My new CFI blog examines the issue of taking offense, and taking offense on behalf of others. I’m joined by Celestia N. Ward and Ian Harris in examining where we draw the line and why. Check it out HERE!
It’s no secret that (potentially) offensive things are all around us: Social media and news stories are populated by stories of both genuine and almost-certainly-staged outrage over offensive remarks. Republican presidential candidate Donald Trump seems constitutionally incapable of not making offensive comments, whether about Mexicans, women, Muslims, war heroes, or anything else. Then there’s comedian Stephen Fry, who takes a dim view of the process of taking offense: “It’s now very common to hear people say, ‘I’m rather offended by that.’ As if that gives them certain rights. It’s actually nothing more… than a whine. ‘I find that offensive.’ It has no meaning; it has no purpose; it has no reason to be respected as a phrase: ‘I am offended by that.’ Well, so fucking what.”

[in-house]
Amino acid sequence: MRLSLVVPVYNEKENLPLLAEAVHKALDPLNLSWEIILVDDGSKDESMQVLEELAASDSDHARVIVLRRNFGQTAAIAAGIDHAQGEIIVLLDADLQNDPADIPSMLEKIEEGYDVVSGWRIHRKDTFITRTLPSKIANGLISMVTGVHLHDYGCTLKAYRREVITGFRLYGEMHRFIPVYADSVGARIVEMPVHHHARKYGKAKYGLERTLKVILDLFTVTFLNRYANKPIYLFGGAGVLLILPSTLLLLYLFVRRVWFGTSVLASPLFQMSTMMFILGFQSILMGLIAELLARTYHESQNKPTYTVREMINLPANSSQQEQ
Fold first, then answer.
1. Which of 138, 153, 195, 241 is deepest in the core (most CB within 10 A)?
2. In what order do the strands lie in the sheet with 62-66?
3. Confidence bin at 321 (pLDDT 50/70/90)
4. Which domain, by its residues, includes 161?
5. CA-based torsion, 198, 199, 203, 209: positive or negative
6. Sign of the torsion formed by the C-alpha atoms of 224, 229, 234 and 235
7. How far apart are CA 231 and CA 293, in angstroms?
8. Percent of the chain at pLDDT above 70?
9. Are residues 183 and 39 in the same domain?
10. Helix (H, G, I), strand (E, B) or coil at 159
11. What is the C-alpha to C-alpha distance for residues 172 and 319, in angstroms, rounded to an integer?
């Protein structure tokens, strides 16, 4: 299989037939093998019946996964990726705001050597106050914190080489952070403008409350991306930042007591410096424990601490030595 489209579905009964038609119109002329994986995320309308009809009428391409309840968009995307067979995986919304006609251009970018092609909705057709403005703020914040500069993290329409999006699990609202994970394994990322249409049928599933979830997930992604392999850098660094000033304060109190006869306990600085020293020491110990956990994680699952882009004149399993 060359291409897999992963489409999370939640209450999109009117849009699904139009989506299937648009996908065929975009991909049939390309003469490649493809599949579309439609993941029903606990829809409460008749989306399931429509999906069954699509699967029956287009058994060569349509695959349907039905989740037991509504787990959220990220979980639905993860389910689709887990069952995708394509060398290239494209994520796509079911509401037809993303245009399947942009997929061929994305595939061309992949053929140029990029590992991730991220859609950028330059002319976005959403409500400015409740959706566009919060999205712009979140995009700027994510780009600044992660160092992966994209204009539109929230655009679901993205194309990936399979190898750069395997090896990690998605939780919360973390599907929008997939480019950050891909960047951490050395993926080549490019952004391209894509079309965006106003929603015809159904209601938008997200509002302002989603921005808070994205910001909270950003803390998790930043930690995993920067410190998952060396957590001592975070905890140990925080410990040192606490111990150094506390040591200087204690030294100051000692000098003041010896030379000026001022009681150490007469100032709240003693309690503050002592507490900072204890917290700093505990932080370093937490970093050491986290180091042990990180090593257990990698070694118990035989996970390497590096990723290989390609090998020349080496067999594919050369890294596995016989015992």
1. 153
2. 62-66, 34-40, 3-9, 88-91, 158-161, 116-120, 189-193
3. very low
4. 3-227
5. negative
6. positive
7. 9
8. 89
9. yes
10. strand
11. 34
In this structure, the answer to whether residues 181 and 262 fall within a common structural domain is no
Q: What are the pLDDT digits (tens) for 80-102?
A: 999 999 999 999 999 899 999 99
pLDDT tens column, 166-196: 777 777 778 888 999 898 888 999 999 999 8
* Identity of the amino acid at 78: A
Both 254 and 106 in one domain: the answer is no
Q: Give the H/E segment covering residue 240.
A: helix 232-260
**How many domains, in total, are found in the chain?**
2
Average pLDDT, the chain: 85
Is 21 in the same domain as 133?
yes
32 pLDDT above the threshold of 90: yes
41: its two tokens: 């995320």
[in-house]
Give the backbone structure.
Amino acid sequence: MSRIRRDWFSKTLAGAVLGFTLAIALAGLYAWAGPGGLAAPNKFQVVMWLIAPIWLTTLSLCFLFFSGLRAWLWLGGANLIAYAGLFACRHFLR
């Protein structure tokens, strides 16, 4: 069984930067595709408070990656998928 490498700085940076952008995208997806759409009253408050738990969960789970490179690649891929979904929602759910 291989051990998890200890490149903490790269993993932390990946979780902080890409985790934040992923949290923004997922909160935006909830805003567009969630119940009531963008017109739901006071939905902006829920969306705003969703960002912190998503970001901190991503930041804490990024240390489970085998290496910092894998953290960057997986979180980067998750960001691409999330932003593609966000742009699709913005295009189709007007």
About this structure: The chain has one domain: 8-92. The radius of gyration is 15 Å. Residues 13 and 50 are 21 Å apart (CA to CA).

I think we can all agree that there are indeed some things worth being offended about. It’s one thing to be offended as the target of an objectionable action or insult, but what about being offended on behalf of other people, whether requested or not? In many cases people defer to a victim’s interpretation, experience, or “personal truth” about what happened. After all, a person who tells another what or how to think about that person’s experience is imposing their own set of values and beliefs….
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